Sally Rooney’s impressive novel, Normal People, makes an even more impressive transition to film (streaming on Hulu via BBC). Rooney created the characters of Connell and Marianne, teens in a small town in Ireland. Through the acting of Daisy Edgar-Jones and Paul Mescal on film, the two characters magnetize and engage and instruct.
Marianne stares out the classroom window. When her instructor suggests that she is not learning by staring, she responds, “I’m not learning anything from you anyway.” She is smart and she is clever, but she is very alone. She is ignored by all her classmates — except for Connell.
He can barely keep his eyes off her. His loving mother (Sarah Greene, Rosie) cleans house for Marianne’s very rich, very horrible parents, so Connell occasionally sees Marianne when he picks up his mother from work.
Their nodding acquaintance quickly moves to sexual intercourse, shown lovingly and vividly on the screen, a rare recording of hungry intimacy. As the two slowly mature, their relationship moves more toward a long, enduring, endearing friendship. Marianne, like many girls, blossoms at college, finding friends, expanding her brilliant mind, modifying her voice and exposing her self — sexual and social. Edgar-Jones credibly personifies the role of the emerging woman.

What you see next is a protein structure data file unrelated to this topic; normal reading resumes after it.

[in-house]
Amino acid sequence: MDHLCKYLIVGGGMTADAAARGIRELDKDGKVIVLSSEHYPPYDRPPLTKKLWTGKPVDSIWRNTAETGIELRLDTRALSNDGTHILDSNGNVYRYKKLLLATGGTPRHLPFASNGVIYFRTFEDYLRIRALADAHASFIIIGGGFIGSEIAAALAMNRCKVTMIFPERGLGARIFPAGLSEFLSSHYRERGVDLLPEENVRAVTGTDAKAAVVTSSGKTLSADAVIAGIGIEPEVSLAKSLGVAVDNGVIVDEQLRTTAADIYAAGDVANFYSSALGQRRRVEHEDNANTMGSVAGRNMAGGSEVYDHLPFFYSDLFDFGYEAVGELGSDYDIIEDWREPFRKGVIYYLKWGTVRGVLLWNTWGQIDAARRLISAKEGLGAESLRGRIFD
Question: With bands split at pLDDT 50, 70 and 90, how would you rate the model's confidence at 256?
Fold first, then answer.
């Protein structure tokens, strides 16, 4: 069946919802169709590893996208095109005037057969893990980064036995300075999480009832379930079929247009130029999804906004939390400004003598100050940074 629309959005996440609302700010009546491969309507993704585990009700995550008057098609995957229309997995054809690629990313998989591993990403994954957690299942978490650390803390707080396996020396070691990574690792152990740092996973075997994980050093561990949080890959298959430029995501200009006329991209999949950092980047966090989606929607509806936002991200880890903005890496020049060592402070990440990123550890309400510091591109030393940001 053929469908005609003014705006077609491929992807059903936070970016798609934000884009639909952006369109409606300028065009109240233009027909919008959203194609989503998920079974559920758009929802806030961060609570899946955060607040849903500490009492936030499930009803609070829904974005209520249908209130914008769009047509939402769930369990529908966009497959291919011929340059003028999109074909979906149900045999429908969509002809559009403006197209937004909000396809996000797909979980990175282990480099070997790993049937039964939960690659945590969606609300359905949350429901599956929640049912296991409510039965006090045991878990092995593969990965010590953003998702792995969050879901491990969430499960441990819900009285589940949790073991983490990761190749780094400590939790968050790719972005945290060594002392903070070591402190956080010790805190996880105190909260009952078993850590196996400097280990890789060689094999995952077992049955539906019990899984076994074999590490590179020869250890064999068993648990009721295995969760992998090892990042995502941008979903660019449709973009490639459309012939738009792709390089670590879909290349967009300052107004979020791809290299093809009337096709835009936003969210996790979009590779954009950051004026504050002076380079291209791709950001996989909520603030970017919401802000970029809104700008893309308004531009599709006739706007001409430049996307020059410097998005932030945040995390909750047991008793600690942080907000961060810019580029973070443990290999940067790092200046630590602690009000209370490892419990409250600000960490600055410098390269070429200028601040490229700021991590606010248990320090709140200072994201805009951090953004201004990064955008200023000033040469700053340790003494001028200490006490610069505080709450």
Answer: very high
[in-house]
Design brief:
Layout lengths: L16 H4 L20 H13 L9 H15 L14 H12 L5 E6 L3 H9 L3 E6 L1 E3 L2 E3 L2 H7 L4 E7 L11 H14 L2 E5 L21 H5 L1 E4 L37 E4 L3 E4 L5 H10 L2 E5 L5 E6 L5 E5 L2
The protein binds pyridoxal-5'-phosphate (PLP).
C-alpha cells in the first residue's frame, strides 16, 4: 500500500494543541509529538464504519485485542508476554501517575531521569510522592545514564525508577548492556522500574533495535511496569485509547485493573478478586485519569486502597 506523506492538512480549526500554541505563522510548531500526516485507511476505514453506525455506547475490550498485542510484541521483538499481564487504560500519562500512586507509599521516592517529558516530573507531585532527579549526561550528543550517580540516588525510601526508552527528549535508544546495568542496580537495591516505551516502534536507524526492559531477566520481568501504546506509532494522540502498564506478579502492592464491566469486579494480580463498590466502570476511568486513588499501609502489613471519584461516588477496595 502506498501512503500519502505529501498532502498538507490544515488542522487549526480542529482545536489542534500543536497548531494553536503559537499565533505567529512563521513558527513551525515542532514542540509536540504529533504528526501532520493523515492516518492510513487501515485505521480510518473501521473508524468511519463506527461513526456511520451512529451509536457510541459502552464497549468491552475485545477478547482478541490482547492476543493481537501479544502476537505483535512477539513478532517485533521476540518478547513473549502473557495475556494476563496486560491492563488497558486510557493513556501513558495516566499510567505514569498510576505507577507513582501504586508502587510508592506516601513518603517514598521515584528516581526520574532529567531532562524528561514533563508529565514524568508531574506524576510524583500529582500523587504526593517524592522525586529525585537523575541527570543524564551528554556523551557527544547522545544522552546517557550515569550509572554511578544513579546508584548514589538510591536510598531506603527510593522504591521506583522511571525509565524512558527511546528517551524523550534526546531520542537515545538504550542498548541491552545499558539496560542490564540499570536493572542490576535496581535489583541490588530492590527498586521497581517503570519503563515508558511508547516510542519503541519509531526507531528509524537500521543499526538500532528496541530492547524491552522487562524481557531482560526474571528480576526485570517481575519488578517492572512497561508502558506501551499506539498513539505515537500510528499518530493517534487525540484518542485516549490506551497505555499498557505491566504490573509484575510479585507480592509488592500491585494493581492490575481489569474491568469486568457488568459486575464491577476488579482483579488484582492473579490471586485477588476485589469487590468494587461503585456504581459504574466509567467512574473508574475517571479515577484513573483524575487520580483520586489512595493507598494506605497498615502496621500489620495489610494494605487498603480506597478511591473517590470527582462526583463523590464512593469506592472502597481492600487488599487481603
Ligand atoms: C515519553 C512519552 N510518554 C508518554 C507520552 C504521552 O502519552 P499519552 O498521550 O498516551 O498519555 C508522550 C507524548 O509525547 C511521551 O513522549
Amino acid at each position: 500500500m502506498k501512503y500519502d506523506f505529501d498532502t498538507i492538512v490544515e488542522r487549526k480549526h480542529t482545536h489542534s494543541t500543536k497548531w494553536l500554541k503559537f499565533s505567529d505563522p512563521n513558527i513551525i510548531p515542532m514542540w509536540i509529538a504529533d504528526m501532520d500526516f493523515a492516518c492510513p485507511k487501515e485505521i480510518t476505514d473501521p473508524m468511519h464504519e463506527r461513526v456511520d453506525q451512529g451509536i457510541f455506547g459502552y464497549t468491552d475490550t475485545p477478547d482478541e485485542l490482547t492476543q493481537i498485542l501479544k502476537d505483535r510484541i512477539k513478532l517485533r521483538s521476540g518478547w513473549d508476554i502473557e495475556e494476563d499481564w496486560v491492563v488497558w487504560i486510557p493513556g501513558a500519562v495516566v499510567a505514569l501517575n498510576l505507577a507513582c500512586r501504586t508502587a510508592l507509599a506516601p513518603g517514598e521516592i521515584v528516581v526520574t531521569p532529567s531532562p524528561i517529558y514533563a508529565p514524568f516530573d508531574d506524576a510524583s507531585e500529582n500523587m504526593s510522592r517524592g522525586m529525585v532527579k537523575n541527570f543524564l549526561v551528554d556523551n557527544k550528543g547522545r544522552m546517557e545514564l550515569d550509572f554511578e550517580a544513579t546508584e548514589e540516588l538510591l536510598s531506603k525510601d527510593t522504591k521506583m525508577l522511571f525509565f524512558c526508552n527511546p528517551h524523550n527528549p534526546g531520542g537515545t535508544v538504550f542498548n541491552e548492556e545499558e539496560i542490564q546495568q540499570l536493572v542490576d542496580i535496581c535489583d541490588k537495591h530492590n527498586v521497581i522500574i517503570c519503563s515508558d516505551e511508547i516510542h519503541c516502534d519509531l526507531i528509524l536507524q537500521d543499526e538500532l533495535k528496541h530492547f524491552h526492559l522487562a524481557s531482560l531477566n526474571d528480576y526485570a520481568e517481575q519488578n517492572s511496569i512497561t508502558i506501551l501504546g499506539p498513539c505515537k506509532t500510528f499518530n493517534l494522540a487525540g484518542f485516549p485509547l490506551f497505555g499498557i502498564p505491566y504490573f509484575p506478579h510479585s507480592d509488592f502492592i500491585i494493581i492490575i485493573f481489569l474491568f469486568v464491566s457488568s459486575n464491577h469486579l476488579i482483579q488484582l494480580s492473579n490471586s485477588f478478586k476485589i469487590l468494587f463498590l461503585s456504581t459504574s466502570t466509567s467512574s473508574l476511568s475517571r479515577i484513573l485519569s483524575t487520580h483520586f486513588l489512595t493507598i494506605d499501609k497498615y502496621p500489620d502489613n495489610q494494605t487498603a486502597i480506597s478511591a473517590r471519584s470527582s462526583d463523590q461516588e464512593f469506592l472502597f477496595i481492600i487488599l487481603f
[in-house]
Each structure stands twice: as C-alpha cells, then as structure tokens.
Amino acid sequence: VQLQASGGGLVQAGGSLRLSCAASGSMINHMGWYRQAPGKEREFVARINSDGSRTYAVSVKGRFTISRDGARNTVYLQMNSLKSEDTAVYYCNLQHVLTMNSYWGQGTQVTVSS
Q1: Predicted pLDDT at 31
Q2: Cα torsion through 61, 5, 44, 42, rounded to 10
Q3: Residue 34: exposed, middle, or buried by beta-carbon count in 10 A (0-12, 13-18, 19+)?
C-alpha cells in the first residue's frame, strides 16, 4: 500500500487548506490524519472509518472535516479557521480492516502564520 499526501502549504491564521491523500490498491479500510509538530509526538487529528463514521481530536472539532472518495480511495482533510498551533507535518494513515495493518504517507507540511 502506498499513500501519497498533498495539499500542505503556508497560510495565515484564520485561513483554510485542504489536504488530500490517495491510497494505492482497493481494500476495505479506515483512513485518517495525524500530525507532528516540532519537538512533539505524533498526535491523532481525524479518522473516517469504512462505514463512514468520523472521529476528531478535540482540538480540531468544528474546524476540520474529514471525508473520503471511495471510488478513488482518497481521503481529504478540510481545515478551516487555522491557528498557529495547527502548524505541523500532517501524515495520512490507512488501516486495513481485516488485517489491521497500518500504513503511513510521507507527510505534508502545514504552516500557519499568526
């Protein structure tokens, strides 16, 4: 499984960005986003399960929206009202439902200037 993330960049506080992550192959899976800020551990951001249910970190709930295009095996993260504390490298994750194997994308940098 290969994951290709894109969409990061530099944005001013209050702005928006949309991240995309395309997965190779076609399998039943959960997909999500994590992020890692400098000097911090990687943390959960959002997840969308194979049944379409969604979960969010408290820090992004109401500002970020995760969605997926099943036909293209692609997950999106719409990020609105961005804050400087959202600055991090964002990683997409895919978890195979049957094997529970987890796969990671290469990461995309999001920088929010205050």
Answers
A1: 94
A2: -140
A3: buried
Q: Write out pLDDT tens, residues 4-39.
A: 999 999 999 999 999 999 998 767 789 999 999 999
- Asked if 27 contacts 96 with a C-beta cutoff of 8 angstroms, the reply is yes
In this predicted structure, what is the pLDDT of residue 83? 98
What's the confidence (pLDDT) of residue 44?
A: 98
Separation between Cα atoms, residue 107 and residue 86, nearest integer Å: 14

Connell, like many boys, barely finds his voice. Unlike so many male characters in the movies, he does not know what to say. He mumbles. He does not speak when he should have. He makes mistakes — in bed, at table, in class. He is so human that it’s painful to watch. What is not painful is watching how he looks at Marianne, happily and longingly and confusedly. Mescal gives Connell all his most human traits as a male.
Writing credits for the 12 episodes are shared by Rooney herself with Alice Birch and Mark O’Rowe. Directing is halved between Lenny Abrahamson and Hettie Macdonald. Editing (especially of the love-making scenes), lighting, and costuming are exemplary, but it’s those two characters who pull evermore. Normal People is an experience as much as a television series. It is not to be missed.